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The Nicaraguan regime has a new target. Not content with jailing leading opposition figures, the regime has now taken aim at the Catholic Church. The message, it seems, is that there is room for only one church in this majority-Catholic country: the one that worships President Daniel Ortega and Vice President Rosario Murillo.

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The Lima Group came together in 2017 with the goal of improving human rights and humanitarian conditions in Venezuela. Today, it is clear that the Lima Group failed to achieve its lofty goals. But its experience can offer lessons to Latin America on the challenges similar projects could face in the future.

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Canadians have worked hard to develop distinct institutional traditions and international ties, but have undoubtedly benefited from the trade and security guarantees offered by the U.S. If Washington retreats from its role as global guarantor, Canadians will struggle to cope with the ensuing disruptions.

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Recent arrests of priests in Nicaragua would seem to offer a moment for the Catholic Church, which remains influential in Latin America, to galvanize regional governments against the repressive rule of President Daniel Ortega. But while local priests speak out, church leaders have appeared unwilling to do more.

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In July, Guatemalan police arrested Jose Ruben Zamora, one of the country’s most prominent journalists and publisher of El Periodico, a newspaper whose mission is to shine light on corruption. The arrest was an ominous lurch toward authoritarianism in a region where democracy, with its shallow roots, is getting trampled.

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Prospects for a prompt resolution of the protracted political conflict in Venezuela seem bleak. Yet relatively little attention has been paid to the opportunities that may arise from recent political developments in the region, including a resurgent left no longer in thrall to Washington’s sterile “maximum pressure” campaign.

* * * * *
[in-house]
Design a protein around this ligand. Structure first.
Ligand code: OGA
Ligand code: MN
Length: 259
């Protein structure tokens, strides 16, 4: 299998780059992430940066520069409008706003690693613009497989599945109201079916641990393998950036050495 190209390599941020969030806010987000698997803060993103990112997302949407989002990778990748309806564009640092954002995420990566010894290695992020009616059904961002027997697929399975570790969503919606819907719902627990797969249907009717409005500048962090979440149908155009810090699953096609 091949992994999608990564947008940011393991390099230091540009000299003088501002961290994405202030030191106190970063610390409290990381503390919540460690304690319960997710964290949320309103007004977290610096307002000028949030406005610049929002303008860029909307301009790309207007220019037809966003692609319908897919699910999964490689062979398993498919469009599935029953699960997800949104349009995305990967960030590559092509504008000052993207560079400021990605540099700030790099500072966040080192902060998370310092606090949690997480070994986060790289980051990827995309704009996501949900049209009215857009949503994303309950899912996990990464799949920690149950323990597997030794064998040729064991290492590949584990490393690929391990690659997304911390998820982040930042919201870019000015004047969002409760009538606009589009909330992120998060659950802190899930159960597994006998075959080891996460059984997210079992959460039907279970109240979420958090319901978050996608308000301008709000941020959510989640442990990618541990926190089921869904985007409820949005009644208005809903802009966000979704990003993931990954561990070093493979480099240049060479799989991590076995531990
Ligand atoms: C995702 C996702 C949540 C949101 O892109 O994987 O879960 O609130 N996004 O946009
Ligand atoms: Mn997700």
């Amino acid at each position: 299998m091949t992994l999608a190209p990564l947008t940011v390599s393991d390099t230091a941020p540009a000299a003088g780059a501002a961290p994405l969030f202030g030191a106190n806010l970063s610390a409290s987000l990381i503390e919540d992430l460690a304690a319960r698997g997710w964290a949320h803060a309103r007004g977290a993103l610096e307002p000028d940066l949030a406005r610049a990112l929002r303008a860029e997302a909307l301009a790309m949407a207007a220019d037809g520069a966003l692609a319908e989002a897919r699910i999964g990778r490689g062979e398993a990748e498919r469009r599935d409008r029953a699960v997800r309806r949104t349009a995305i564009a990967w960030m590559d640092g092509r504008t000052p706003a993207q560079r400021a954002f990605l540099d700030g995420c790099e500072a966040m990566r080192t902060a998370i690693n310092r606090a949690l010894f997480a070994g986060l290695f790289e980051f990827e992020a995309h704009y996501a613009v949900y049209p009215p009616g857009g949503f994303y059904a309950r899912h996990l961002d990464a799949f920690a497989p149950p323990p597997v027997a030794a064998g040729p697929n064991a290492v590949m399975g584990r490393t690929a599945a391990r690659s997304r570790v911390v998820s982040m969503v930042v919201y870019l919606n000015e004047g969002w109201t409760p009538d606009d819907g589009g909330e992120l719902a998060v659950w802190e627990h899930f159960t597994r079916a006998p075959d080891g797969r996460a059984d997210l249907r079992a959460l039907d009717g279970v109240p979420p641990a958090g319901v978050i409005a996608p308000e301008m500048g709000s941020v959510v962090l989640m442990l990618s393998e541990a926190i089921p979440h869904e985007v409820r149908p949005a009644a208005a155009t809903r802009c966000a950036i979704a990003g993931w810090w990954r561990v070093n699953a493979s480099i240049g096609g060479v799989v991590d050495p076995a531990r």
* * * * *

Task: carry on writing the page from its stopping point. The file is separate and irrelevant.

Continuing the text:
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The first 100 days of any administration should always be a moment for optimism. So, even if Colombia’s political system is doomed to hit gridlock later in his term, the country’s new president, Gustavo Petro, still has a few months to check a few agenda items off his list and start their implementation.

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The international community may be experiencing a case of compassion fatigue when it comes to the violence currently gripping Haiti. But it is hardly an excuse. While much of Haiti’s misery is homegrown, the roots of its troubles extend beyond the island, and the reverberations from its crises always breach its borders.

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With polls showing that he may lose by a wide margin in Brazil’s Oct. 2 presidential election, President Jair Bolsonaro is setting the stage to claim fraud and have his supporters protest his loss. More troubling, Bolsonaro has hinted that elements of the military and police will back his efforts.

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Argentine President Alberto Fernandez has spent his entire term renegotiating and re-renegotiating the terms of the country’s debt, a process that has seen two economy ministers leave office. No politician on the left, center or right wants to make the necessary, but unpopular, decisions the economy needs.